The University of Kansas named MORGYN SEIGFRIED associate athletic director of creative services and communications. Seigfried was associate athletic director at Temple University.

Merrimack College gave Athletic Director JEREMY GIBSON a five-year contract extension.

Longwood University named MICHELLE MEADOWS athletic director. Meadows had been interim athletic director for eight months.

The University of Memphis named ALLIE PRESCOTT interim athletic director, following TOM BOWEN’s resignation. Prescott is the former president of the Class AAA Memphis Redbirds.

Hockey

Boston Holdings, parent company of the Boston Bruins, Sportservice and TD Garden, named KELLY CUNNINGHAM vice president of human resources.

The Los Angeles Kings named JOCELYN HERNANDEZ human resources coordinator.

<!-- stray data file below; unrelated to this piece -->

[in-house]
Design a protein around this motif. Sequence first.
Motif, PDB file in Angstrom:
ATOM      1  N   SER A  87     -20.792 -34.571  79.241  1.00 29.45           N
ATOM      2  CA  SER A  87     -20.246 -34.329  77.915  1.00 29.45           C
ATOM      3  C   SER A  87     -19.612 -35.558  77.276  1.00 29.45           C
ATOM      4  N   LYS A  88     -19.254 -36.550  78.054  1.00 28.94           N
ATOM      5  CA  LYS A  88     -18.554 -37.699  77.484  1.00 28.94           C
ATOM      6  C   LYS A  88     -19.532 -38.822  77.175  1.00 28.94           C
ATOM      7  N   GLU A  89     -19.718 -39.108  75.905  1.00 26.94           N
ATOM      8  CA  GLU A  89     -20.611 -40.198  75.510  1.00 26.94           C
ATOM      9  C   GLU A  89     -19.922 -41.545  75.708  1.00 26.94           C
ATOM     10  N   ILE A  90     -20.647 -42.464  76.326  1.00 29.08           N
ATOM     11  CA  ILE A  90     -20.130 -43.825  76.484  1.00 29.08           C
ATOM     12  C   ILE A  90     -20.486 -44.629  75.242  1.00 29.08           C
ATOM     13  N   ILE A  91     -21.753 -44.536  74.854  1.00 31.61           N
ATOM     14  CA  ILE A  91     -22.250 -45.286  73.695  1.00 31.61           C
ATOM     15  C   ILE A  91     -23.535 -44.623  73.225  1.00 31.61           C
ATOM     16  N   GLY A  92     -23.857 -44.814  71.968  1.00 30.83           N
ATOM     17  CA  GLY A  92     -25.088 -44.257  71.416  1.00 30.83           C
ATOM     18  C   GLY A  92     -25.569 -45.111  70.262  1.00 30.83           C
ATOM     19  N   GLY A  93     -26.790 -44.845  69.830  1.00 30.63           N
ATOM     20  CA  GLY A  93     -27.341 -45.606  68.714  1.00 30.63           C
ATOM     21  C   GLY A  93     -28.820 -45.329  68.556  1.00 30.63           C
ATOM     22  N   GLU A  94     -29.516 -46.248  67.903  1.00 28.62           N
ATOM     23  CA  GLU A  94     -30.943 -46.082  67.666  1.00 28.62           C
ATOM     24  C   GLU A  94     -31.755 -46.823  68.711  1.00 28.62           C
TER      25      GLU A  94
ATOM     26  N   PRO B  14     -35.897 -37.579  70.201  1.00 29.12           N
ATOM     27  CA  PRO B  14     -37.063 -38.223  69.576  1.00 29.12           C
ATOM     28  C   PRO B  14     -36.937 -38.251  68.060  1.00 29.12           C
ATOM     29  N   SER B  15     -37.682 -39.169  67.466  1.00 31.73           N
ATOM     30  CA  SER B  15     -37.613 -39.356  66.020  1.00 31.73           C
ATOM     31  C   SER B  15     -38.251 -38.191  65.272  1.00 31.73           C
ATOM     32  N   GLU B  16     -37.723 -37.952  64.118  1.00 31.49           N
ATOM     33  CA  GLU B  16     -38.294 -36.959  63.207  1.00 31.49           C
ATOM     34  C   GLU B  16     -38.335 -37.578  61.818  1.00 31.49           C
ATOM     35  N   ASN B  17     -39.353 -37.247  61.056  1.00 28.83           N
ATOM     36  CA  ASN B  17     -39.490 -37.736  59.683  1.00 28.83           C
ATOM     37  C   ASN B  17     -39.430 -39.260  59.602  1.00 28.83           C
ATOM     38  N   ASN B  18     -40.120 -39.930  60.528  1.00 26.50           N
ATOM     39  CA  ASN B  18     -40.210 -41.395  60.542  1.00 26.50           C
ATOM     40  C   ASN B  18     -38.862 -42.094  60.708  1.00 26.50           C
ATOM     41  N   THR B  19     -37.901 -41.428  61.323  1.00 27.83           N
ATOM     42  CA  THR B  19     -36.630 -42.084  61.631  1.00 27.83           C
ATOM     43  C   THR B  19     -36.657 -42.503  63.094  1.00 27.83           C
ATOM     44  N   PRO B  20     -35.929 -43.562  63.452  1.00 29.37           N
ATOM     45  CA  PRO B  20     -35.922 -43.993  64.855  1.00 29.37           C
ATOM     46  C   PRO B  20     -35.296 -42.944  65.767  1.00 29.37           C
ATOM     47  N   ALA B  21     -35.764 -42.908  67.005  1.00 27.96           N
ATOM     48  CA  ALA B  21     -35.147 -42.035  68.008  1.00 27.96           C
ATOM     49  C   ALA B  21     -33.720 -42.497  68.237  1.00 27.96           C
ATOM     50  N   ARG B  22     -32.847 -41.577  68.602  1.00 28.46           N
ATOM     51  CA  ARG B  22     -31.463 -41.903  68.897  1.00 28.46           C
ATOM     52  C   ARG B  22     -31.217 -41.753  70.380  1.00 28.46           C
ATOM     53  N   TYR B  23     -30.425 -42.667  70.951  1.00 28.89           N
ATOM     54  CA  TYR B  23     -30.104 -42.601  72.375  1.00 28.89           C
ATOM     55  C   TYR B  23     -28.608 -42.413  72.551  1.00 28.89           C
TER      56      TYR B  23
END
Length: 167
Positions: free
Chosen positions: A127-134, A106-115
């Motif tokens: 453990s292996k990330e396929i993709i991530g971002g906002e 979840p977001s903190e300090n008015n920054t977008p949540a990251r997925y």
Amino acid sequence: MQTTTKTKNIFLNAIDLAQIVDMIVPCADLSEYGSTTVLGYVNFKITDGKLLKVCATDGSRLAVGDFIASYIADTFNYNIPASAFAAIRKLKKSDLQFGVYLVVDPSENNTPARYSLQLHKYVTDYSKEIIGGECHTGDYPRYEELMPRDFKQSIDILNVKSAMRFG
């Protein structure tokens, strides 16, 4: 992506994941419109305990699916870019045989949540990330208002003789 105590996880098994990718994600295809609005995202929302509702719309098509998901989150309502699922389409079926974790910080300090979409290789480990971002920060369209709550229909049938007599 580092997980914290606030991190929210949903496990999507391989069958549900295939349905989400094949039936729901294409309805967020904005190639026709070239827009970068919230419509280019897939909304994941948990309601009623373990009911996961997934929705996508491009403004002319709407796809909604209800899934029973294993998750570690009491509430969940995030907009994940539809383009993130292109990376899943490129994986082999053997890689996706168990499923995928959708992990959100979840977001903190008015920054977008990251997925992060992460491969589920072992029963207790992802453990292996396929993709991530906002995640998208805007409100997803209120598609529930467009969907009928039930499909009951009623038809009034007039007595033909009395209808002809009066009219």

The Toronto Maple Leafs signed President BRENDAN SHANAHAN to a six-year contract extension through the 2024-25 season.

To have your personnel announcements included in the People section, please send information to careers@sportsbusinessjournal.com.
No one, not even his father, believed Michael Chang would win the 1989 French Open.
Photo: getty images
No one, not even his father, believed Michael Chang would win the 1989 French Open.
Photo: getty images
No one, not even his father, believed Michael Chang would win the 1989 French Open.
Photo: getty images

Thirty years ago, a 17-year-old Chinese American, Michael Chang, out of the blue won the French Open, serving underhanded at one point while severely cramping in knocking out world No. 1 Ivan Lendl in the fourth round along the way.

But it was the backdrop of his championship many forget, the crushing of the political uprising in Beijing’s Tiananmen Square, the victims of which Chang dedicated his victory while accepting the trophy on the picturesque red clay in Paris. It was a moment in time when an unexpected sports triumph intersected with a historic event. And Chang doesn’t believe it just happened that way but instead took divine intervention.